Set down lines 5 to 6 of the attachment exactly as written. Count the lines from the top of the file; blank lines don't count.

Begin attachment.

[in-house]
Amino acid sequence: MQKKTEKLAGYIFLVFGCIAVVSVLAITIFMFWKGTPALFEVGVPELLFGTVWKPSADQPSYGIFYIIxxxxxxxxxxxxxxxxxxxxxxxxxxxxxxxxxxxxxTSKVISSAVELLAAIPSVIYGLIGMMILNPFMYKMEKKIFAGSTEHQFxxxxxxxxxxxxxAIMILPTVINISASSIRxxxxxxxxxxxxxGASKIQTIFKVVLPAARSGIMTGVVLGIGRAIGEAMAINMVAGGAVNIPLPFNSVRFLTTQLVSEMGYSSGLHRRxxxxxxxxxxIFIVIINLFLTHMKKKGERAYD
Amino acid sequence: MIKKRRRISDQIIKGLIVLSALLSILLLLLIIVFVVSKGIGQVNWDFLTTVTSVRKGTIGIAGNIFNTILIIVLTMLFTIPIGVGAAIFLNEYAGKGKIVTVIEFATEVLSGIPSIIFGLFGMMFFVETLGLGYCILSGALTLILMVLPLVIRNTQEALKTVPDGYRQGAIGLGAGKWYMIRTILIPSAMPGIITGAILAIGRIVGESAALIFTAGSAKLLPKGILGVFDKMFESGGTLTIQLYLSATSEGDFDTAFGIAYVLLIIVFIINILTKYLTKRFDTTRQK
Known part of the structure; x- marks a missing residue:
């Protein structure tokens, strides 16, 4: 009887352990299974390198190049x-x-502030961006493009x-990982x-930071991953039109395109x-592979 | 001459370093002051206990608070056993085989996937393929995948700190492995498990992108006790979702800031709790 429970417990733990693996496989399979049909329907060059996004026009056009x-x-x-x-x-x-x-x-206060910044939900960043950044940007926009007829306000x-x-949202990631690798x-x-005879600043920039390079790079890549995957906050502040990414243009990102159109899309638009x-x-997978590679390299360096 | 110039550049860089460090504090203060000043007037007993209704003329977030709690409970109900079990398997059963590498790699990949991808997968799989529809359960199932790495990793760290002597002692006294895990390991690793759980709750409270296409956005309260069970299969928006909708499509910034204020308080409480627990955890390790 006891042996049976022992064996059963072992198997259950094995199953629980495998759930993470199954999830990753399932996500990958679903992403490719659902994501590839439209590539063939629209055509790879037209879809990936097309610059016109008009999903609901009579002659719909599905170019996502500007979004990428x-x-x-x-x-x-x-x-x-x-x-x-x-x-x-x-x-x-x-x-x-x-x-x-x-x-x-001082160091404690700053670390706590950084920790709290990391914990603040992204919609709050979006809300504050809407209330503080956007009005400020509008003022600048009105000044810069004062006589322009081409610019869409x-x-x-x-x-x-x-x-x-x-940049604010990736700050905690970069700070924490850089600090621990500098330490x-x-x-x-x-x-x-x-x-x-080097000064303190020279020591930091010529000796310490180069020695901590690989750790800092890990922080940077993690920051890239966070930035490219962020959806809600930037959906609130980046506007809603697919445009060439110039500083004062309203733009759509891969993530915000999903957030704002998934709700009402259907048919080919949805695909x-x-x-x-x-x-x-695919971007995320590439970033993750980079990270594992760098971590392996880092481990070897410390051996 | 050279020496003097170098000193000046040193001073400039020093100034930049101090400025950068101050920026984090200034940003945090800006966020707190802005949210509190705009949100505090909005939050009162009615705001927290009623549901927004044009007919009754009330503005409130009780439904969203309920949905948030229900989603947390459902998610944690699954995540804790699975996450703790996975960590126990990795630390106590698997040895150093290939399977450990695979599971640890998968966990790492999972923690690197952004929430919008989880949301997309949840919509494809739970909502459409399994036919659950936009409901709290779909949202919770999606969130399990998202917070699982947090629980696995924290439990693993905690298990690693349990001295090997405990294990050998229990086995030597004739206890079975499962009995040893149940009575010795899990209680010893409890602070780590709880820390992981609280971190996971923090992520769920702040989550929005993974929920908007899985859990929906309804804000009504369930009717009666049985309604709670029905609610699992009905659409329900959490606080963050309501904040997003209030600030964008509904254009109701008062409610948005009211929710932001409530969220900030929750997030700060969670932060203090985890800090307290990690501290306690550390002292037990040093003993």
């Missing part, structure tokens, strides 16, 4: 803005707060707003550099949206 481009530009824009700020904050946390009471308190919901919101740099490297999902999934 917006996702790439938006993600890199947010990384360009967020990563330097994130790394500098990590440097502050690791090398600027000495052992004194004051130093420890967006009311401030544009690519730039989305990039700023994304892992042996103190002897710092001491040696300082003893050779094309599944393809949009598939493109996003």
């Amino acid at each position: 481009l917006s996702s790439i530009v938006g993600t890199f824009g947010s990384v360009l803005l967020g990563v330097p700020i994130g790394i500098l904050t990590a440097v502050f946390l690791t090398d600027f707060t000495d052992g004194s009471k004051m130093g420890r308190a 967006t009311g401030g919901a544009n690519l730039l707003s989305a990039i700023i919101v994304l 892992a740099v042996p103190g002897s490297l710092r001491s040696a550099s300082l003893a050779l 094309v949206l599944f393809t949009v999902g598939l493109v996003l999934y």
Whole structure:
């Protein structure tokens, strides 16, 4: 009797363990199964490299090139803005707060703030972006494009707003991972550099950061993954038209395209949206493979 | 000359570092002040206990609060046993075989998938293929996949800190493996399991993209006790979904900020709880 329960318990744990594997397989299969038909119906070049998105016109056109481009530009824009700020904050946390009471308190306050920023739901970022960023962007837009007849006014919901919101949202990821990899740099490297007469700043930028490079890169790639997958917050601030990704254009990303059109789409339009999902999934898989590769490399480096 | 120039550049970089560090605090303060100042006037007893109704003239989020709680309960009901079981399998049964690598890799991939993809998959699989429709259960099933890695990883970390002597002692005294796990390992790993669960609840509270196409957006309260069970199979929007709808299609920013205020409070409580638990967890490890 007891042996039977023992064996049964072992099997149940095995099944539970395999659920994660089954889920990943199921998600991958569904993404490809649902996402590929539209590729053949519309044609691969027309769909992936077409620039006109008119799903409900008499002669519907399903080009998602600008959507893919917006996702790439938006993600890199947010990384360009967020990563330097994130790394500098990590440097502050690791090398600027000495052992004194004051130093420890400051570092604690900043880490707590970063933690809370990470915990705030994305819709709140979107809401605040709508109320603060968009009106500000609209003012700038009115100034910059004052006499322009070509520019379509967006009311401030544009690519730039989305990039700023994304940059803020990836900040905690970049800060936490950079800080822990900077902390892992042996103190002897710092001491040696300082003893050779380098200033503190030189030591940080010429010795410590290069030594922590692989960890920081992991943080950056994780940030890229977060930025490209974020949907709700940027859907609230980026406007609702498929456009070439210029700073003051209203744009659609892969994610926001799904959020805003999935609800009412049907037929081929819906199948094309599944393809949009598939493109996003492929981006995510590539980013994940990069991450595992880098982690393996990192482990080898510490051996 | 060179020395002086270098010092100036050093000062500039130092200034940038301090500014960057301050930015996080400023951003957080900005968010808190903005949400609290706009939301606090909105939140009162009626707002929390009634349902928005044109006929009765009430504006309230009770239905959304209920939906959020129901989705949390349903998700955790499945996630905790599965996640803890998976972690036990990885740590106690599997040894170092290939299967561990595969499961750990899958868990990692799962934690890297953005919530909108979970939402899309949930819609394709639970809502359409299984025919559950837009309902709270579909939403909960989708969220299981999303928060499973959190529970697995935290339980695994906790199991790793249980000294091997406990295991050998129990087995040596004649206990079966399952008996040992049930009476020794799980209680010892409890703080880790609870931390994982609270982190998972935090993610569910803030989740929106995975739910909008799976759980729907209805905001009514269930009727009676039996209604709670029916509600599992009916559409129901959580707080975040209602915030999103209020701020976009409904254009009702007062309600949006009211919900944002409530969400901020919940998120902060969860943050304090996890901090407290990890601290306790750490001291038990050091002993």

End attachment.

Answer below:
């Protein structure tokens, strides 16, 4: 009887352990299974390198190049x-x-502030961006493009x-990982x-930071991953039109395109x-592979 | 001459370093002051206990608070056993085989996937393929995948700190492995498990992108006790979702800031709790 429970417990733990693996496989399979049909329907060059996004026009056009x-x-x-x-x-x-x-x-206060910044939900960043950044940007926009007829306000x-x-949202990631690798x-x-005879600043920039390079790079890549995957906050502040990414243009990102159109899309638009x-x-997978590679390299360096 | 110039550049860089460090504090203060000043007037007993209704003329977030709690409970109900079990398997059963590498790699990949991808997968799989529809359960199932790495990793760290002597002692006294895990390991690793759980709750409270296409956005309260069970299969928006909708499509910034204020308080409480627990955890390790 006891042996049976022992064996059963072992198997259950094995199953629980495998759930993470199954999830990753399932996500990958679903992403490719659902994501590839439209590539063939629209055509790879037209879809990936097309610059016109008009999903609901009579002659719909599905170019996502500007979004990428x-x-x-x-x-x-x-x-x-x-x-x-x-x-x-x-x-x-x-x-x-x-x-x-x-x-x-001082160091404690700053670390706590950084920790709290990391914990603040992204919609709050979006809300504050809407209330503080956007009005400020509008003022600048009105000044810069004062006589322009081409610019869409x-x-x-x-x-x-x-x-x-x-940049604010990736700050905690970069700070924490850089600090621990500098330490x-x-x-x-x-x-x-x-x-x-080097000064303190020279020591930091010529000796310490180069020695901590690989750790800092890990922080940077993690920051890239966070930035490219962020959806809600930037959906609130980046506007809603697919445009060439110039500083004062309203733009759509891969993530915000999903957030704002998934709700009402259907048919080919949805695909x-x-x-x-x-x-x-695919971007995320590439970033993750980079990270594992760098971590392996880092481990070897410390051996 | 050279020496003097170098000193000046040193001073400039020093100034930049101090400025950068101050920026984090200034940003945090800006966020707190802005949210509190705009949100505090909005939050009162009615705001927290009623549901927004044009007919009754009330503005409130009780439904969203309920949905948030229900989603947390459902998610944690699954995540804790699975996450703790996975960590126990990795630390106590698997040895150093290939399977450990695979599971640890998968966990790492999972923690690197952004929430919008989880949301997309949840919509494809739970909502459409399994036919659950936009409901709290779909949202919770999606969130399990998202917070699982947090629980696995924290439990693993905690298990690693349990001295090997405990294990050998229990086995030597004739206890079975499962009995040893149940009575010795899990209680010893409890602070780590709880820390992981609280971190996971923090992520769920702040989550929005993974929920908007899985859990929906309804804000009504369930009717009666049985309604709670029905609610699992009905659409329900959490606080963050309501904040997003209030600030964008509904254009109701008062409610948005009211929710932001409530969220900030929750997030700060969670932060203090985890800090307290990690501290306690550390002292037990040093003993």
């Missing part, structure tokens, strides 16, 4: 803005707060707003550099949206 481009530009824009700020904050946390009471308190919901919101740099490297999902999934 917006996702790439938006993600890199947010990384360009967020990563330097994130790394500098990590440097502050690791090398600027000495052992004194004051130093420890967006009311401030544009690519730039989305990039700023994304892992042996103190002897710092001491040696300082003893050779094309599944393809949009598939493109996003």